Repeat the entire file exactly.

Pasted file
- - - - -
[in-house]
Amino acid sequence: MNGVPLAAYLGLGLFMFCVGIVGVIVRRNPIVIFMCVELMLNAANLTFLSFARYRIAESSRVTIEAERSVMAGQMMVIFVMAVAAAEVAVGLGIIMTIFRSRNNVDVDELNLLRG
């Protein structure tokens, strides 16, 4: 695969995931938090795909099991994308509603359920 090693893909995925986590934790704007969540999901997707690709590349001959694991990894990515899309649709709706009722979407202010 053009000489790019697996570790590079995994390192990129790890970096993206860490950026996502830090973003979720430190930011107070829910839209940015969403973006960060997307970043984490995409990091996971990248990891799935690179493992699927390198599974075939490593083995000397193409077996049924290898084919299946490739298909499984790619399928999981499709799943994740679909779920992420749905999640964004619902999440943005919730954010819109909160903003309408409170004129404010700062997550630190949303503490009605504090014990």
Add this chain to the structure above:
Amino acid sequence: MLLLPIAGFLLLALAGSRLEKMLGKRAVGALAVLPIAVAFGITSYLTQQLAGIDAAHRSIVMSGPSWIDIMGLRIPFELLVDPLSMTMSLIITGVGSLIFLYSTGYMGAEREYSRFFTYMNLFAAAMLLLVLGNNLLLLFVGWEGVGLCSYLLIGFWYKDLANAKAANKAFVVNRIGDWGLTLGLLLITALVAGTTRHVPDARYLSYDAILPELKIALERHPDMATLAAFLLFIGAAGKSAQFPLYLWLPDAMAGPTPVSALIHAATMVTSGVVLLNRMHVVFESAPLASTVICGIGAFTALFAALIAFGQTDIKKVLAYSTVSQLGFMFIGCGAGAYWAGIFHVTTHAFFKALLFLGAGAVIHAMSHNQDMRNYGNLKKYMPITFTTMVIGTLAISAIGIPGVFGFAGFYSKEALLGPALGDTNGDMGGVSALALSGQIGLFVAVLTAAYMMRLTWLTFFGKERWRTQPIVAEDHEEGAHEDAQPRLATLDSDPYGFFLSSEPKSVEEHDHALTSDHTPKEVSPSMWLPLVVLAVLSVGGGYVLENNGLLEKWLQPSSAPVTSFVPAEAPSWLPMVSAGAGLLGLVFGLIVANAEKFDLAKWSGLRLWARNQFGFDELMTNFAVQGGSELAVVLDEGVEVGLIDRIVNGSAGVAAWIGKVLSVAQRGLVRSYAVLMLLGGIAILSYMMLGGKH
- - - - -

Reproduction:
[in-house]
Amino acid sequence: MNGVPLAAYLGLGLFMFCVGIVGVIVRRNPIVIFMCVELMLNAANLTFLSFARYRIAESSRVTIEAERSVMAGQMMVIFVMAVAAAEVAVGLGIIMTIFRSRNNVDVDELNLLRG
């Protein structure tokens, strides 16, 4: 695969995931938090795909099991994308509603359920 090693893909995925986590934790704007969540999901997707690709590349001959694991990894990515899309649709709706009722979407202010 053009000489790019697996570790590079995994390192990129790890970096993206860490950026996502830090973003979720430190930011107070829910839209940015969403973006960060997307970043984490995409990091996971990248990891799935690179493992699927390198599974075939490593083995000397193409077996049924290898084919299946490739298909499984790619399928999981499709799943994740679909779920992420749905999640964004619902999440943005919730954010819109909160903003309408409170004129404010700062997550630190949303503490009605504090014990």
Add this chain to the structure above:
Amino acid sequence: MLLLPIAGFLLLALAGSRLEKMLGKRAVGALAVLPIAVAFGITSYLTQQLAGIDAAHRSIVMSGPSWIDIMGLRIPFELLVDPLSMTMSLIITGVGSLIFLYSTGYMGAEREYSRFFTYMNLFAAAMLLLVLGNNLLLLFVGWEGVGLCSYLLIGFWYKDLANAKAANKAFVVNRIGDWGLTLGLLLITALVAGTTRHVPDARYLSYDAILPELKIALERHPDMATLAAFLLFIGAAGKSAQFPLYLWLPDAMAGPTPVSALIHAATMVTSGVVLLNRMHVVFESAPLASTVICGIGAFTALFAALIAFGQTDIKKVLAYSTVSQLGFMFIGCGAGAYWAGIFHVTTHAFFKALLFLGAGAVIHAMSHNQDMRNYGNLKKYMPITFTTMVIGTLAISAIGIPGVFGFAGFYSKEALLGPALGDTNGDMGGVSALALSGQIGLFVAVLTAAYMMRLTWLTFFGKERWRTQPIVAEDHEEGAHEDAQPRLATLDSDPYGFFLSSEPKSVEEHDHALTSDHTPKEVSPSMWLPLVVLAVLSVGGGYVLENNGLLEKWLQPSSAPVTSFVPAEAPSWLPMVSAGAGLLGLVFGLIVANAEKFDLAKWSGLRLWARNQFGFDELMTNFAVQGGSELAVVLDEGVEVGLIDRIVNGSAGVAAWIGKVLSVAQRGLVRSYAVLMLLGGIAILSYMMLGGKH